UW horse judging team finishes in the top

Sharp-looking men and women in Western dress attire posed on a shady sidewalk
From left, Sam Rothrock, Chesterfield, Mo.; Tanner McClure, Riverside, Calif.; Jory Goetz, Fruita, Colo.; teaching assistant Julia Wickerath, Ellensberg, Wash.; Rayne Benson, Laramie; Robin Ferguson, Gordon, Neb.; and coach Lacey Lindsay

The University of Wyoming horse judging team strung one strong finish after another last fall to complete the season in the top five at the All American Quarter Horse Congress and National Reining Horse Association Futurity and top 10 at the All American Quarter Horse World Show.

“They work hard, traveling Wyoming and Colorado with practices and workouts inside and outside the classroom at horse shows and seminars,” said coach Jennifer Ingwerson-Niemann.

With Ingwerson-Niemann on maternity leave last fall, coaching was taken up by Laramie native Lacey Lindsay, a UW graduate who earned a degree in animal science production. Lindsay was a member of the highly successful 2011 horse judging team and now works as an independent contractor for horse shows.

The fifth-high finish at the National Reining Horse Futurity collegiate contest in Oklahoma City Nov. 28-29 was UW’s best performance ever at that competition. Team members completed a written rule book exam on day one and scored live horses on day two. The team’s top individual was Tanner McClure of Riverside, Calif., who was 15th. McClure joined the team with no previous experience.

At the Quarter Horse World Show, “the best of the best,” Nov. 12 in Oklahoma City, the judging team earned eighth overall, seventh in halter (standing), seventh in performance (riding) and ninth in reasons. Rayne Benson of Laramie placed 14th out of 66 competitors.

At the Quarter Horse Congress Oct. 18 in Columbus, Ohio, the UW team earned fifth overall, fifth in halter class, sixth in performance and sixth in reasons. Robin Ferguson of Gordon, Neb., was ninth-high individual and Benson 15th out of 66 competitors.

Lindsay notes the season’s results brought attention to Wyoming, as they placed among the top in the nation out of 23 schools, many of which recruit heavily and have the depth of two teams.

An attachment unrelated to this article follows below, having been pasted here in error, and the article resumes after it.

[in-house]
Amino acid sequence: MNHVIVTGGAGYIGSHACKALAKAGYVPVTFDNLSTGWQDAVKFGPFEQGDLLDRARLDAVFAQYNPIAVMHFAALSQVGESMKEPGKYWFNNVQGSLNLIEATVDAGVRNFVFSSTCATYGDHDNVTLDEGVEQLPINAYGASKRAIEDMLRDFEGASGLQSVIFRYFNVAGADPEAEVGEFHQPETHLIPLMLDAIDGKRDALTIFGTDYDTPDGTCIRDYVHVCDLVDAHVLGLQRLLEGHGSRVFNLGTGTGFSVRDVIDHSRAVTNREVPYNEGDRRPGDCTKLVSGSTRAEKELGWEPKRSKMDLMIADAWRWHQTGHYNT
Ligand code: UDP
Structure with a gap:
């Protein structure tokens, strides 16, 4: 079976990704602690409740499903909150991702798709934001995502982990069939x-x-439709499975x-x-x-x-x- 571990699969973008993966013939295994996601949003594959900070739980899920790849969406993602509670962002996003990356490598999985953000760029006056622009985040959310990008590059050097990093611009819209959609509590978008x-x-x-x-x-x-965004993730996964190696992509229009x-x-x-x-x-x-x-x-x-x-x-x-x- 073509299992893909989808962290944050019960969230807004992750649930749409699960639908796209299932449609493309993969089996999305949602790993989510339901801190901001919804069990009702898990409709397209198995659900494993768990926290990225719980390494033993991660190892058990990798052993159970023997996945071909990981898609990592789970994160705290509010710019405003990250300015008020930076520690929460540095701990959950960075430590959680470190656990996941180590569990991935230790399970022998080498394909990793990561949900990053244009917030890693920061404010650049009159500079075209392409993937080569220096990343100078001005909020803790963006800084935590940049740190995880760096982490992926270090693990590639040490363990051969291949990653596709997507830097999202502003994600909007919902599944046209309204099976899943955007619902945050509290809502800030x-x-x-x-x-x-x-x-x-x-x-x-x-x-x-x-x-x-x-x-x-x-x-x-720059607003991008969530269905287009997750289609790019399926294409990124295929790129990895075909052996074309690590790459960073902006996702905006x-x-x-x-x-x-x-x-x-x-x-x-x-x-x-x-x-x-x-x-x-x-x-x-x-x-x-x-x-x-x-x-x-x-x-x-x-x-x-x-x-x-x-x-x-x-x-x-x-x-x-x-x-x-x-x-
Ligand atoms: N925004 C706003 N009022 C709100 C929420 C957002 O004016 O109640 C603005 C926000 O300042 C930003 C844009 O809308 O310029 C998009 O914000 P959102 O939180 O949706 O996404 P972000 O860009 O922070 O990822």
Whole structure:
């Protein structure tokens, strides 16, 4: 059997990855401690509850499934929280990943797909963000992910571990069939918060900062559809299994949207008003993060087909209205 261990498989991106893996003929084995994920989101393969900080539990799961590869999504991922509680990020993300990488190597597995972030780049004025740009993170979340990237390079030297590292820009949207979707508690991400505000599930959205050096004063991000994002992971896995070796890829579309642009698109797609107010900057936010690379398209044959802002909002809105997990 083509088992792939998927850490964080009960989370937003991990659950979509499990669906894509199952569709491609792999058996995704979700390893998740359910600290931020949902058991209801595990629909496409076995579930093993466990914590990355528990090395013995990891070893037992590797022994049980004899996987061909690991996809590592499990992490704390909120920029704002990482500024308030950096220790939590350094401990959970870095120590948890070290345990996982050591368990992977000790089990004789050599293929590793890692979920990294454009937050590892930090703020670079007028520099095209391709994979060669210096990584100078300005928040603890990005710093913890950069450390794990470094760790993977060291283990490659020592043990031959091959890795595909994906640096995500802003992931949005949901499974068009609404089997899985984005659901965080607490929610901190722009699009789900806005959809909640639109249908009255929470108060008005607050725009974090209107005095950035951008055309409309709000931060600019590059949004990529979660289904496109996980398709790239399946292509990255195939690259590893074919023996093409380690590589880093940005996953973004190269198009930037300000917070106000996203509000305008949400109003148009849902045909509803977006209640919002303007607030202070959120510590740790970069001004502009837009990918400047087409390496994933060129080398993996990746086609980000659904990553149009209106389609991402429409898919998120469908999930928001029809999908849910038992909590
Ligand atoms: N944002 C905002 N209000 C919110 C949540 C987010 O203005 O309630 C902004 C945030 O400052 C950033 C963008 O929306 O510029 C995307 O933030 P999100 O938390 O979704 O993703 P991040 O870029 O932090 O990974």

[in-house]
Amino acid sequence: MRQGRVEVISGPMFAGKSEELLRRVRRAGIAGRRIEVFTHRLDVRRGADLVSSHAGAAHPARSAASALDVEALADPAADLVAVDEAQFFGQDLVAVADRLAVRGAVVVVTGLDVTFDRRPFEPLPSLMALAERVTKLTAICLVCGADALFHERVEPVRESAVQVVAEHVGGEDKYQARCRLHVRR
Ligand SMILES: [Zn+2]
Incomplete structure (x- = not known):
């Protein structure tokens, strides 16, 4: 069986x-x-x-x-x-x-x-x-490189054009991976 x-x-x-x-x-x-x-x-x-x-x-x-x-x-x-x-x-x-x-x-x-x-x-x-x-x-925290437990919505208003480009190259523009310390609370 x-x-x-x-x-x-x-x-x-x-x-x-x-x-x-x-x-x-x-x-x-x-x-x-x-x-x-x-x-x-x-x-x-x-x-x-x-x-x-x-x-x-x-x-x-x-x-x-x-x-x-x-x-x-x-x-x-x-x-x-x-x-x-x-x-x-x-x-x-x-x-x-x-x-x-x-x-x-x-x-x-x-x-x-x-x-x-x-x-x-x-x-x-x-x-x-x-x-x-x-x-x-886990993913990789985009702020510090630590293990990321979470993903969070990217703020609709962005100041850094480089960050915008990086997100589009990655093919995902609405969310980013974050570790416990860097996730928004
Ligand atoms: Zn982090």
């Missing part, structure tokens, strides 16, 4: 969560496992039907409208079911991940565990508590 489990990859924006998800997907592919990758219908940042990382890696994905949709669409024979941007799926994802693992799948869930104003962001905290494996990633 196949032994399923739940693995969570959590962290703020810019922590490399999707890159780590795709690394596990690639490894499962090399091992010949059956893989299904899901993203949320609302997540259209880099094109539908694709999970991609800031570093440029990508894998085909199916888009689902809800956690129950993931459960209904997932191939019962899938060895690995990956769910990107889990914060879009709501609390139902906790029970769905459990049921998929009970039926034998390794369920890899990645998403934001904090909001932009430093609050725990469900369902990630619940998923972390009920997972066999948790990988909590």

“The horse judging team is grateful for funding from the Riley Endowment, founded by Mel and Isa Riley, and the UW Department of Animal Science,” Lindsay said. In addition, the judging team hosts judging clinics, participates in a team holiday meat sale, a tailgate cookout and a football game day raffle to raise funds to cover expenses.

“The UW horse judging team is appreciative of the department and community support that helps our program provide this experience for current and future students,” said Ingwerson-Niemann. “Not only do they get to see the nation’s top horses, they develop leadership and skills outside the classroom and are exposed to careers in the industry.”

For more information, contact Ingwerson-Niemann at jingwers@uwyo.edu or 307-766-4373.

UW Extension publication explains backyard composting

            Information to help gardeners turbocharge soils by backyard composting is available in a University of Wyoming Extension free publication.

“Backyard composting: Using simple, small-scale methods,” B-974R, describes the process by which organic materials, such as yard and some kitchen wastes, are decomposed into a dark-colored, nutrient-rich, soil-building conditioner called humus.

Through composting, gardeners can manipulate temperature, oxygen and moisture to accelerate the process that occurs in nature. Authors are Karen Panter, UW Extension horticulture specialist, and Chris Hilgert, extension state Master Gardener coordinator at the University of Wyoming.